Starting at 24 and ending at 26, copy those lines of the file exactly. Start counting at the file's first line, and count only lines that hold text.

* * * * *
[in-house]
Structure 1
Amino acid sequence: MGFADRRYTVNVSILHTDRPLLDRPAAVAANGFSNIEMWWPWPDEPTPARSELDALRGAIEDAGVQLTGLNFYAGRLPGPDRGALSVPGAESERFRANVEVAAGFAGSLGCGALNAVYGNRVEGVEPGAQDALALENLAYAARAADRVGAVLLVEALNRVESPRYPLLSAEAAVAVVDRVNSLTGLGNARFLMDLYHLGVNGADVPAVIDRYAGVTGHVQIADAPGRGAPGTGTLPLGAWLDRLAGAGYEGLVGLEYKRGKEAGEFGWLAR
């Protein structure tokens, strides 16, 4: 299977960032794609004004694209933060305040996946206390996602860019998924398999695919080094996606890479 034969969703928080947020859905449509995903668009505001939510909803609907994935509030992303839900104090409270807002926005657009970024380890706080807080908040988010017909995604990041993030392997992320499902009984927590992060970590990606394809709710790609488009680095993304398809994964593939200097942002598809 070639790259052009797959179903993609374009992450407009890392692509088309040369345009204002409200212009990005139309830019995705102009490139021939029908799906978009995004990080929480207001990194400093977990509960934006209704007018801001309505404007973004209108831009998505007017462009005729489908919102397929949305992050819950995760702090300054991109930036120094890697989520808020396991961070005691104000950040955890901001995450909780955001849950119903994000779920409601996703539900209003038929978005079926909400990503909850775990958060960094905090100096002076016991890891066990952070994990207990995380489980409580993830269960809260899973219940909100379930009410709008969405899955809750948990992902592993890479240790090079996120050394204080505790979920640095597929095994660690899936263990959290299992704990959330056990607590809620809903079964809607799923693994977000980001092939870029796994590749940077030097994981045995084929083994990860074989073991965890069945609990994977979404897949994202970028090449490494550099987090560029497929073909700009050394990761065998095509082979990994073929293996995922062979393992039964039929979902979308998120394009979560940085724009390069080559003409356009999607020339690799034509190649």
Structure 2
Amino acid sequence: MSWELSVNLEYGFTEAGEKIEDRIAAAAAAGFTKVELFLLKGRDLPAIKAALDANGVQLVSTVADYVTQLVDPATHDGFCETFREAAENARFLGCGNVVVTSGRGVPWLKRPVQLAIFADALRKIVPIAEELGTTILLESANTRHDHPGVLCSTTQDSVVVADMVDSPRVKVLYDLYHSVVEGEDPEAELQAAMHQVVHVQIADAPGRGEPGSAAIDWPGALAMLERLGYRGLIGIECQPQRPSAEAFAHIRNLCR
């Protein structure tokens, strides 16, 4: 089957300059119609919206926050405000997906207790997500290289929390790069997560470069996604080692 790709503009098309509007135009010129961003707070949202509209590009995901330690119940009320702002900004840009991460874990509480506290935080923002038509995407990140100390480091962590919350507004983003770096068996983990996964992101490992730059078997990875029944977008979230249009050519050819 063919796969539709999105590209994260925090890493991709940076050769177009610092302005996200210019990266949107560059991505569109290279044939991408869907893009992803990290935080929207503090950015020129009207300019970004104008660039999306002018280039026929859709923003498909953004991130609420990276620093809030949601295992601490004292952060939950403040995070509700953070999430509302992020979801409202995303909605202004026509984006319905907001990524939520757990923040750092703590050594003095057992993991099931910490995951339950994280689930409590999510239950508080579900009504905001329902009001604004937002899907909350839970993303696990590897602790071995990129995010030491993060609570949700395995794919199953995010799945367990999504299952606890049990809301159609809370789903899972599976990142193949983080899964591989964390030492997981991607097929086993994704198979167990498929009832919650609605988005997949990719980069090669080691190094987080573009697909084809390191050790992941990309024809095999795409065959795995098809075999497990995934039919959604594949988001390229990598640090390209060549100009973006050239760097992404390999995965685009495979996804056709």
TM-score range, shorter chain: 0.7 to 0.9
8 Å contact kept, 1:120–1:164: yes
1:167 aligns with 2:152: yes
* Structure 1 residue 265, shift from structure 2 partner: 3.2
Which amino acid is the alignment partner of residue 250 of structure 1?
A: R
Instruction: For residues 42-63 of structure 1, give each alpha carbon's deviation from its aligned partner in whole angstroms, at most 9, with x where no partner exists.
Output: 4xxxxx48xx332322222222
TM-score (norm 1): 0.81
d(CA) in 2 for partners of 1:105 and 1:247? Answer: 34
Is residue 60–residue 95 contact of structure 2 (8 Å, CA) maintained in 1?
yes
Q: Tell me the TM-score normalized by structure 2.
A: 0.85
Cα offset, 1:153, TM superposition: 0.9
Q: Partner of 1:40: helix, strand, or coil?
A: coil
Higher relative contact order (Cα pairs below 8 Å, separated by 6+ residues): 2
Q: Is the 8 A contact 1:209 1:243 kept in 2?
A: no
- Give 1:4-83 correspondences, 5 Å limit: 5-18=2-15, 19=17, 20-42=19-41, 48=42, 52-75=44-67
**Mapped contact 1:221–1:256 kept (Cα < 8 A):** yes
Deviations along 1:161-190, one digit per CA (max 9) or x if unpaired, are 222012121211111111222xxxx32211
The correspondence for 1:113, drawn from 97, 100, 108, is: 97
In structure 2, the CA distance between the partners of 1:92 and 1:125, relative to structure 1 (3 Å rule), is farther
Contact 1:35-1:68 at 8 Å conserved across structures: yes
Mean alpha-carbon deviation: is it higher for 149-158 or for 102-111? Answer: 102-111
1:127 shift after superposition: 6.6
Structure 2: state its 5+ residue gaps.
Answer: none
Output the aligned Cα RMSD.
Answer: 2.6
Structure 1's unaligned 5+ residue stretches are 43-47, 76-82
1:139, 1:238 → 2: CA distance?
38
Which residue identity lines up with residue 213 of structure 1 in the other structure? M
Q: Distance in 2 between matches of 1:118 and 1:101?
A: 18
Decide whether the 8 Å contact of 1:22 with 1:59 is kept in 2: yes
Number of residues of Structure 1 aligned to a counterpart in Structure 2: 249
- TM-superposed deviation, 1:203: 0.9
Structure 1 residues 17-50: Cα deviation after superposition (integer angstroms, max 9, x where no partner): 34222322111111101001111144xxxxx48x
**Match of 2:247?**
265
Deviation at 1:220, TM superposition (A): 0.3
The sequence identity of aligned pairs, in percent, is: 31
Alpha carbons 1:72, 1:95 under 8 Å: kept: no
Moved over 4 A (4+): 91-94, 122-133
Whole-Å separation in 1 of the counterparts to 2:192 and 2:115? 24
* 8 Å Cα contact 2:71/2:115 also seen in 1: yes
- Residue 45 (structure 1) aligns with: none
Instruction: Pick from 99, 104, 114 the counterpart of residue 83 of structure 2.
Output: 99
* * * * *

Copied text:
A: coil
Higher relative contact order (Cα pairs below 8 Å, separated by 6+ residues): 2
Q: Is the 8 A contact 1:209 1:243 kept in 2?